Each model has its own standard for what qualifies as “good.” And to make matters even more confusing, it’s often not clear which credit score, model or bureau’s data a particular lender is using — and what other factors the lender may look at beyond scores.

With this in mind, think of any individual credit score as a barometer to help you understand your overall credit and progress. No single score you look at is a guarantee that you’ll qualify for certain products or offer terms.

Here’s what else you need to know about building, maintaining and using a good credit score.



How to get a 738 credit score

While there’s no sure-fire way to achieve an exact credit score, there’s plenty you can do to build and maintain your credit within a range. Most importantly, you’ll want to practice healthy credit habits.

Even with so many different credit scores out there — thanks to different scoring models and different credit bureau data — some general principles apply. Most credit scores take into account at least five main credit factors.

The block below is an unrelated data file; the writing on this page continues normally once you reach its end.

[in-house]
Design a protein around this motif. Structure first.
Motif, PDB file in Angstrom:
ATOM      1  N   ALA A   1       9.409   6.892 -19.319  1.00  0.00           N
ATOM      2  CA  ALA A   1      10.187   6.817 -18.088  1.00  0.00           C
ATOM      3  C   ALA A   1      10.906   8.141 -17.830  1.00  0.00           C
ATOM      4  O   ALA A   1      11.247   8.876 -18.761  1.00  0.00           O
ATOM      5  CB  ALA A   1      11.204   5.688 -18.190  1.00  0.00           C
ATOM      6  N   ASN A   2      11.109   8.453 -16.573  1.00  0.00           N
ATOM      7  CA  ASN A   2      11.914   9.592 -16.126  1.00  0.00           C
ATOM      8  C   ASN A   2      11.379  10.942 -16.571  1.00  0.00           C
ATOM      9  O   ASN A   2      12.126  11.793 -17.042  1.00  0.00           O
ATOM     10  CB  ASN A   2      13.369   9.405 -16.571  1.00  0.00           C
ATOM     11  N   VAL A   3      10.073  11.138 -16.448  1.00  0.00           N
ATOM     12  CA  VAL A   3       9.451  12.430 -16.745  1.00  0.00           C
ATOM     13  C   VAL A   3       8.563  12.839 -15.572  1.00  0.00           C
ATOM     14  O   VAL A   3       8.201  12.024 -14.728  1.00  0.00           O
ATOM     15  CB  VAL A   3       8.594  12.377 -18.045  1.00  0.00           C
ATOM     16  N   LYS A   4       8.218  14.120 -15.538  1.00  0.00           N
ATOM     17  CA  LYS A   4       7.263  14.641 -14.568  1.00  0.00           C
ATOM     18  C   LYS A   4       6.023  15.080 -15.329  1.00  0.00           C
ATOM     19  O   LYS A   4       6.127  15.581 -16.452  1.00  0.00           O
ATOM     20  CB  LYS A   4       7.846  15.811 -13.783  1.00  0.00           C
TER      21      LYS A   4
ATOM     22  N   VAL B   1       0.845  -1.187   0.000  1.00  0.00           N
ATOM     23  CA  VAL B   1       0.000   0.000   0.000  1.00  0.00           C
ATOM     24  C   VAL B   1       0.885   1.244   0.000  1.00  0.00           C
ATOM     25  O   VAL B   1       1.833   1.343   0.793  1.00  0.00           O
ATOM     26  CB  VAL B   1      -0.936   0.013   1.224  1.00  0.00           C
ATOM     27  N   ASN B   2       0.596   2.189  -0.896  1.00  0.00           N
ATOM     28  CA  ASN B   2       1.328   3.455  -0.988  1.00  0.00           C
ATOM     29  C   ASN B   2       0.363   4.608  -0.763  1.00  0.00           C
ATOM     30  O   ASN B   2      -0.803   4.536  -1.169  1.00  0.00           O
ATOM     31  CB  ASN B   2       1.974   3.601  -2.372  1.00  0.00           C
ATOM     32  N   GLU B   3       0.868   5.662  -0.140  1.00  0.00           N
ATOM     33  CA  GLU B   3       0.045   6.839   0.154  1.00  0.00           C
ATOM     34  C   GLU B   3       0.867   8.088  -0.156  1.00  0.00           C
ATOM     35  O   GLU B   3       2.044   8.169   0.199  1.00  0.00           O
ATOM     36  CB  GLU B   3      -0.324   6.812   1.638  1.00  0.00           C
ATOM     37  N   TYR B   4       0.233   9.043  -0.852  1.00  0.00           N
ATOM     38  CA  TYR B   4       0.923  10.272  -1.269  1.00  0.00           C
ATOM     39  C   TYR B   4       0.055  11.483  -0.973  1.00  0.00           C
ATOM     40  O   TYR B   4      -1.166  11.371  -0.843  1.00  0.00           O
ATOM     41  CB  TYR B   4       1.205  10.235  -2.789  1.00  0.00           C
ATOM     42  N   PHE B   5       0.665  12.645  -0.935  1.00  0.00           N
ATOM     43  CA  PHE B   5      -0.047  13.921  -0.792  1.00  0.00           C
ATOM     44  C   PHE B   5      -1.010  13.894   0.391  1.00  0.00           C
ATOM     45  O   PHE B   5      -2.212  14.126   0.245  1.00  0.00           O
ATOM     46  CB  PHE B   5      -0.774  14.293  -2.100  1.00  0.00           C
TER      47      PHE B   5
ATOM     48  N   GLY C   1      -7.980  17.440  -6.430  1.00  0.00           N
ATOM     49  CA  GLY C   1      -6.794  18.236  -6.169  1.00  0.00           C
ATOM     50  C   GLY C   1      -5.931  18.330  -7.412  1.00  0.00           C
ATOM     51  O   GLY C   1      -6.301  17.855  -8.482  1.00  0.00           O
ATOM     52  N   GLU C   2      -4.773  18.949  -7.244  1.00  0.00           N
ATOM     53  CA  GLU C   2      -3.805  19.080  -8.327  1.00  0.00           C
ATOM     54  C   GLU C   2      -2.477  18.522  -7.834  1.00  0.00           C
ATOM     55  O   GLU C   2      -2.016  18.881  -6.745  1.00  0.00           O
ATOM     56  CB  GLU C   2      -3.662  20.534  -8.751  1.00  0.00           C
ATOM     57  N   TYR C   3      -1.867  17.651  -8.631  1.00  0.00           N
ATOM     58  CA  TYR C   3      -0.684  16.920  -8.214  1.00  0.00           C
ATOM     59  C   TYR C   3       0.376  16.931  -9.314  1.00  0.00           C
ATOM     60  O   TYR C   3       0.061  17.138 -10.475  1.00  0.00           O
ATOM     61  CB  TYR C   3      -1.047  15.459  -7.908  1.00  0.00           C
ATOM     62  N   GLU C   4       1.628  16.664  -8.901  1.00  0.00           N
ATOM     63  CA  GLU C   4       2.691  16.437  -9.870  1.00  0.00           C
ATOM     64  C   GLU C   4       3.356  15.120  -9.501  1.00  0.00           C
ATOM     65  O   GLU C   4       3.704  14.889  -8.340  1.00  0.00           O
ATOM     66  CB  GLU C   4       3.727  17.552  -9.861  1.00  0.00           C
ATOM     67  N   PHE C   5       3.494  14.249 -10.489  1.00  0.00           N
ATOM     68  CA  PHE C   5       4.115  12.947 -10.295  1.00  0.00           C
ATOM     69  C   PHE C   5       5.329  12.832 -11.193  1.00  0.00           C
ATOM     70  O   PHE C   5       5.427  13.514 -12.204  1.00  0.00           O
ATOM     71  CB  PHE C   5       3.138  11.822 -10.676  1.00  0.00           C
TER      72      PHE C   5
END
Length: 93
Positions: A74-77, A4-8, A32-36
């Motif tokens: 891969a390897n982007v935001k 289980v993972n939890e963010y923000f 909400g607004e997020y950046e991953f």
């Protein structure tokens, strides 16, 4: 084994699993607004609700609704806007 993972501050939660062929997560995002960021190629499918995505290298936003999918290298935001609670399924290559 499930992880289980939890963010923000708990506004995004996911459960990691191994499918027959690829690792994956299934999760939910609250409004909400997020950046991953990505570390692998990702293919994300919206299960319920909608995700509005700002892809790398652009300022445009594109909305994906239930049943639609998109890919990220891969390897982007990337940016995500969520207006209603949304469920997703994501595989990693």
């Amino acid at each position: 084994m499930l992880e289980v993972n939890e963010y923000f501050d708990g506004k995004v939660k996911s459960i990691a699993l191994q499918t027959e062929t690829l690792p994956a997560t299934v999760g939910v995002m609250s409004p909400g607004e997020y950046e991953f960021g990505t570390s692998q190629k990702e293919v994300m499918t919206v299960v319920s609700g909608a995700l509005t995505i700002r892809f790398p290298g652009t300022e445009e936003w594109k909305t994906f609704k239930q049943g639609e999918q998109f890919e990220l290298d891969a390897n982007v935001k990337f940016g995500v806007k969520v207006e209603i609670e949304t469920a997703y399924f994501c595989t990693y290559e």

Here’s a breakdown of each factor and how it can affect your overall credit.

1. Payment history

One of the more important factors in determining your overall credit health is your record of on-time payments. It’s as simple as this: Paying your bills on time, every time, can go a long way toward building credit. On the flip side, even a single late payment could affect your scores in a significant way (and stay on your reports for up to seven years). So, consistency is key.

2. Credit utilization

You might already know that paying off your credit card’s statement balance in full every month helps you avoid interest charges. But it could also help lower your credit utilization ratio, a key measurement that tracks how much of your available credit you use at any given time. Most experts recommend keeping your credit utilization ratio below 30%, but it’s a good practice to keep it even lower than that if possible.